If you're involved with the project and you're reading this, gimme a shout at my UTEP e-mail address, will ya? Salivate at the potential of study sites in a high-poverty, high minority urban setting away from Chicago. Eschew deep dish pizza for some data sessions over chile rellenos. I know you want to! ;)
But, I'm cool with "graphic novel" except when people just assume that it applies to any work of sequential art, including pamphlet-style single issues of a comics series. Spider-Man #600 was not a graphic novel, but a trade paperback collecting Spider-Man #600-612 could be. All graphic novels are comics, but not all comics are graphic novels.
And please don't tell me that "comics" is a problematic term as well. I know this, and I see the entire conversation as wheel reinventing, but others think it is important, and I don't want to be caught off guard when the next hip terminology gives it a go at some staying power. ;)
So, "Drawn or painted or computer-crafted images with no real space or temporal relation on their own except when the reader infers them in conjunction with adequate suspension of disbelief that life can be disjointed into frames and language can be represented as a seemingly tangible object that take up lots of space within the narrative yet is not really supposed to exist except as heard speech or other sound within the diegeses of the narrative -- which is always linear but often misconstrued as non-linear; bound not by staples puncturing thin filmed paper but rather by various types of card stock and with a spine of some girth," you're on the batter's deck, and I'm ready for you!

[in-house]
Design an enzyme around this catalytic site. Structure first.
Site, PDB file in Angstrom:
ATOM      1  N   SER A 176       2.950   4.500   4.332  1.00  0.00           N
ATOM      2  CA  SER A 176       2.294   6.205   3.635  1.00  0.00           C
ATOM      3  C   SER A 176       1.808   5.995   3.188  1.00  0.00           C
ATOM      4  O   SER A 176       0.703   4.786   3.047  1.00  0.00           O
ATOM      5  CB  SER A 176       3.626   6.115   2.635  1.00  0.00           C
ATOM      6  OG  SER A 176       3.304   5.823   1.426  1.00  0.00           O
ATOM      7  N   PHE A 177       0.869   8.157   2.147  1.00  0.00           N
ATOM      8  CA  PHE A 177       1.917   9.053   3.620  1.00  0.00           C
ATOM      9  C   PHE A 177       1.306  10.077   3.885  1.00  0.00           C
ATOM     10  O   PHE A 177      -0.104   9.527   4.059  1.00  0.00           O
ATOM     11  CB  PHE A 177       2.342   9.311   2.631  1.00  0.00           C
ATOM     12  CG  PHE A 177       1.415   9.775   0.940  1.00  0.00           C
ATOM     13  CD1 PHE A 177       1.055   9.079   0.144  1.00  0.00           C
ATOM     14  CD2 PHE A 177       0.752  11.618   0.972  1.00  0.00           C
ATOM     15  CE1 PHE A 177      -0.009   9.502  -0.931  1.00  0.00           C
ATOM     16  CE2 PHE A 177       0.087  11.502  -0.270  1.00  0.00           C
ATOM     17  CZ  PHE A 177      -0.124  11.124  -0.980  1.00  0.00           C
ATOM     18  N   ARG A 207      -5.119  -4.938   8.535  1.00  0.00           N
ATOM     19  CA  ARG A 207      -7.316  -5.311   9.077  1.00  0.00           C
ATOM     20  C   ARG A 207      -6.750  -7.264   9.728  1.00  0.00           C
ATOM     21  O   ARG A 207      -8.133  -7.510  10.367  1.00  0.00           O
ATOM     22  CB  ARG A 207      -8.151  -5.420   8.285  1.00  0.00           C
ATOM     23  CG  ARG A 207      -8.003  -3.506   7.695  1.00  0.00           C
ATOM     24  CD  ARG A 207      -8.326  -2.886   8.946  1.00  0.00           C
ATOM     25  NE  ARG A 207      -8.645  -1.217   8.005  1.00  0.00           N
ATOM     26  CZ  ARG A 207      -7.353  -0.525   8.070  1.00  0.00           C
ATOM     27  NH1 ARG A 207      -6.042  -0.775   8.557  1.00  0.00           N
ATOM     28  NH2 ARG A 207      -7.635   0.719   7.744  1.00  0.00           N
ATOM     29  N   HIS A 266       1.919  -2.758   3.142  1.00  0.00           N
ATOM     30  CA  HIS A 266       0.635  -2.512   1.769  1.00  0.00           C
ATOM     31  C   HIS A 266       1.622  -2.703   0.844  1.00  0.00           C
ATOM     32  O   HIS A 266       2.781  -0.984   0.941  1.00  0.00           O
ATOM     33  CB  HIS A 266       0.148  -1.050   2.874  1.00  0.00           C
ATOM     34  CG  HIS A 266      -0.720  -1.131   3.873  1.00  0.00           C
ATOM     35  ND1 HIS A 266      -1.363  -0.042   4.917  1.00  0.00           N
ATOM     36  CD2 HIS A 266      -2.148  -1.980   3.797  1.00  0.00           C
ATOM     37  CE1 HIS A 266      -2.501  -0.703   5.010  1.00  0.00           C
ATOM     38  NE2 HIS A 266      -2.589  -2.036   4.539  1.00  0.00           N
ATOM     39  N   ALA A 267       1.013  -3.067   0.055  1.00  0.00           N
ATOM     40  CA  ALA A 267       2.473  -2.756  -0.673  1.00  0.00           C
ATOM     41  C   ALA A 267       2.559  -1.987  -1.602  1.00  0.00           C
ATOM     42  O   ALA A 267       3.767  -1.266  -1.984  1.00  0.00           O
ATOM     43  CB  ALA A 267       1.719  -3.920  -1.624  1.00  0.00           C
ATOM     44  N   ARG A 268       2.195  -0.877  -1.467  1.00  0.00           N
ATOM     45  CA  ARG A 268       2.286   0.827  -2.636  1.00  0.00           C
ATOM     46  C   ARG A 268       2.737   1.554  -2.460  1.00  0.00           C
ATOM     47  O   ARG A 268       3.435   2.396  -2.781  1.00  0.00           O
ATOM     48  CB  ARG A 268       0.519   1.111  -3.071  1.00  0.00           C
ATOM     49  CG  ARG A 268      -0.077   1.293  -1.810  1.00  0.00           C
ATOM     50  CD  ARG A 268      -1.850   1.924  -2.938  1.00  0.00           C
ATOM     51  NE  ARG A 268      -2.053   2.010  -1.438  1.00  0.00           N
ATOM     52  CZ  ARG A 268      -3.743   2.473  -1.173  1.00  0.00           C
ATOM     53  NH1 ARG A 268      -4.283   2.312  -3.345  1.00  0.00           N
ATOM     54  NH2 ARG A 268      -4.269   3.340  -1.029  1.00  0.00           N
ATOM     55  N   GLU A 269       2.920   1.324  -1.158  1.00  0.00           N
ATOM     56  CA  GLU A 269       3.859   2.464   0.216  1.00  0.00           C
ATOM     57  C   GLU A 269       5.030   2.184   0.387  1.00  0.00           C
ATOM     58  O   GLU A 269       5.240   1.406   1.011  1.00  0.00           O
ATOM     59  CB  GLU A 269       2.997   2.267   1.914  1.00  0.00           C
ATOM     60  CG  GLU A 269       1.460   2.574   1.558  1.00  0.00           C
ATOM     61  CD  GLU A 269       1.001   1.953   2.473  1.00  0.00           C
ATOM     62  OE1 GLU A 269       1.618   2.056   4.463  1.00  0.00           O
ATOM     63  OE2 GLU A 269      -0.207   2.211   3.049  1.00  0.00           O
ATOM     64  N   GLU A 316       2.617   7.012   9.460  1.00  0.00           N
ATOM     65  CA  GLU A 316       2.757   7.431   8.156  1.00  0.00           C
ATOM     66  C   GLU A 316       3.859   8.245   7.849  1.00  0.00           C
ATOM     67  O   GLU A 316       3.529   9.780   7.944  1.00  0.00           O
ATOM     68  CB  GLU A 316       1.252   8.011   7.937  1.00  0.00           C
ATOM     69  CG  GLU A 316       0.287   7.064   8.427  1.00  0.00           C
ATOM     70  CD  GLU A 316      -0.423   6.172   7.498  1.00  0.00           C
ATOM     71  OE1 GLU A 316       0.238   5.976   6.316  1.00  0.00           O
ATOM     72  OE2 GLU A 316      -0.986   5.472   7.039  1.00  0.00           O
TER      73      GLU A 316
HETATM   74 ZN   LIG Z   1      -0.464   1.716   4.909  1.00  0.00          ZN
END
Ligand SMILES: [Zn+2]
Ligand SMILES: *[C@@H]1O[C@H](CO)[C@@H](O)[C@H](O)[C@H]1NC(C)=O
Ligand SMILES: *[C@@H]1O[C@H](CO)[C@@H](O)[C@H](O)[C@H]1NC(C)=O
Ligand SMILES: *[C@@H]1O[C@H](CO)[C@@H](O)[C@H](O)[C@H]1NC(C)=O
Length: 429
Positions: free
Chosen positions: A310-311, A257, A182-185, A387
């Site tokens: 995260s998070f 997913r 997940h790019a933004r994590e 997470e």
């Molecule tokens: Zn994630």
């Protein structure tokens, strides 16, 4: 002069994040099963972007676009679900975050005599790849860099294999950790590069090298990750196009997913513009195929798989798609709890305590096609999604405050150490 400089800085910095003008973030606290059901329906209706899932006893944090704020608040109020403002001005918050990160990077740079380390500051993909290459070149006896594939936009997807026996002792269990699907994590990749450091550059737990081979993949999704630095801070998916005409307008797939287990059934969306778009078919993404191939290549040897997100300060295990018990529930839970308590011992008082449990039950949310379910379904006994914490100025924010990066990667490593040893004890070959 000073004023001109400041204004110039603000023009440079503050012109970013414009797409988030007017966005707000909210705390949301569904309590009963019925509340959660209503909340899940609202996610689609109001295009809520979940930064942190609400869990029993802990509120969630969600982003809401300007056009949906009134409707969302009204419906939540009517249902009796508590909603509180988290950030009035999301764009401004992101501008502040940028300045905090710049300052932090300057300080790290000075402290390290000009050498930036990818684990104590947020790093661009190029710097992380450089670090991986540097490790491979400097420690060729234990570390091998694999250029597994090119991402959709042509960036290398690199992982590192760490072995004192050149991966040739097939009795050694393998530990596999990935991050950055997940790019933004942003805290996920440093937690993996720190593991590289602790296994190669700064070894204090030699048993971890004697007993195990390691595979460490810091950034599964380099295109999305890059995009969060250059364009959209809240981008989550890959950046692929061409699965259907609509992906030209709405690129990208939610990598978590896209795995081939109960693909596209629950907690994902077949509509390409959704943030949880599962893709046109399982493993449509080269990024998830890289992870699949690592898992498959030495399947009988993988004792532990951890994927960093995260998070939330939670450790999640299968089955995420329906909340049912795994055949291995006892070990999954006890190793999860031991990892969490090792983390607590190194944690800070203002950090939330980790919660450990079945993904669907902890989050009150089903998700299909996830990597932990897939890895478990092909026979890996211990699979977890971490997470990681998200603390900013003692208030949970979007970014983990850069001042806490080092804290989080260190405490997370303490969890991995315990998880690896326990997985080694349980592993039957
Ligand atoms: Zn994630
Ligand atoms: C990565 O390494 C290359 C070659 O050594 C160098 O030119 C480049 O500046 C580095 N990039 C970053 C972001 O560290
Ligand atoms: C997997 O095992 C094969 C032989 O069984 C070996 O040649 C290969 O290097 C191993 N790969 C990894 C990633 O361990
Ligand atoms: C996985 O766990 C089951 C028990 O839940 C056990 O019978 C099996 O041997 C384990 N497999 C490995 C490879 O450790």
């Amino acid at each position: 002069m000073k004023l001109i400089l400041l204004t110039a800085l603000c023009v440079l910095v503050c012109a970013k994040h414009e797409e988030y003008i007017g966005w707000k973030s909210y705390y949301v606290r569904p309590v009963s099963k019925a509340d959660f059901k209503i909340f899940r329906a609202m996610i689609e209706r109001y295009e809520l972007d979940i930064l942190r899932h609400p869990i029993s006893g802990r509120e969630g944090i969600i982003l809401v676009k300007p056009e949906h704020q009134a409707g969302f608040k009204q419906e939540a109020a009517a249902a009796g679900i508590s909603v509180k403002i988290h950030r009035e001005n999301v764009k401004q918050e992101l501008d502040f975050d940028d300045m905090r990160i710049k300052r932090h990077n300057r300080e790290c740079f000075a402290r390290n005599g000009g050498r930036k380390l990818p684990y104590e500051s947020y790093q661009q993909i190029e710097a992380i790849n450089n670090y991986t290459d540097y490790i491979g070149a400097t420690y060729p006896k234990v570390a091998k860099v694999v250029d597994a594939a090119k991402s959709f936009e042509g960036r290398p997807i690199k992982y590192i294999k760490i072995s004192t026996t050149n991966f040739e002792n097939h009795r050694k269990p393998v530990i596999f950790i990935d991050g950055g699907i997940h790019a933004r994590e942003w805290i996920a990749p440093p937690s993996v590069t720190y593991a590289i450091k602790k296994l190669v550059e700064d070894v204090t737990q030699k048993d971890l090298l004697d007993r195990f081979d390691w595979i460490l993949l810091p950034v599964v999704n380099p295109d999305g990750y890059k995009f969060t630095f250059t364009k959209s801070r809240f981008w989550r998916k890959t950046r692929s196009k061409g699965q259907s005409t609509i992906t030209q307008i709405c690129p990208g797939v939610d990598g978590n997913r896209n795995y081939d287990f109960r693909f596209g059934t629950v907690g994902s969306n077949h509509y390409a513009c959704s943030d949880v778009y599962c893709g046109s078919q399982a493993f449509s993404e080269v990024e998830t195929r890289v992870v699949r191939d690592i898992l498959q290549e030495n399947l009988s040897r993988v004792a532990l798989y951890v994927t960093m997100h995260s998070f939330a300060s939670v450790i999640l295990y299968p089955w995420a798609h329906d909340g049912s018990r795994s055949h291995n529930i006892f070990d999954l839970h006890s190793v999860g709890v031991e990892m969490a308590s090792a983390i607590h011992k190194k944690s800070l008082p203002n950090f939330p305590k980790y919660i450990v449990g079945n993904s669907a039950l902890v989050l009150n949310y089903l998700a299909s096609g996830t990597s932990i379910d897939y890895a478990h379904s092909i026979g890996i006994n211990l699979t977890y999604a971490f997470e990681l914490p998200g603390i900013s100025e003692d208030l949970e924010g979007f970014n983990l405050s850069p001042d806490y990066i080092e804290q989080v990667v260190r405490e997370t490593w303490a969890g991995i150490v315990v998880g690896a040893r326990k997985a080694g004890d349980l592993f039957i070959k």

Monday, August 17, 2009
Saturday, August 15, 2009
I'll definitely be using the Underground and Independent Comics, Comix, and Graphic Novels site once it is up!
Thursday, August 13, 2009
Wednesday, August 05, 2009
Two New Must-Reads: A "Quick-Hits" Review
Both are great reads that are garnering great reviews, and they're both titles that I highly recommend. Asterios Polyp is for mature audiences and is intellectually heady, while high schoolers and onwards should enjoy Bayou, which started out (and continues) as a web comic through DC's Zuda line.
Bayou has won several Glyph awards for excellence in comics among black creators, and Asterios Polyp is a sure award-winner in the making. While I loved Bayou and will read subsequent volumes of the story as they are released in trade form (though I may not follow the strip in its web comic form at zudacomics.com), Asterios Polyp may just be one the best graphic novels ever published.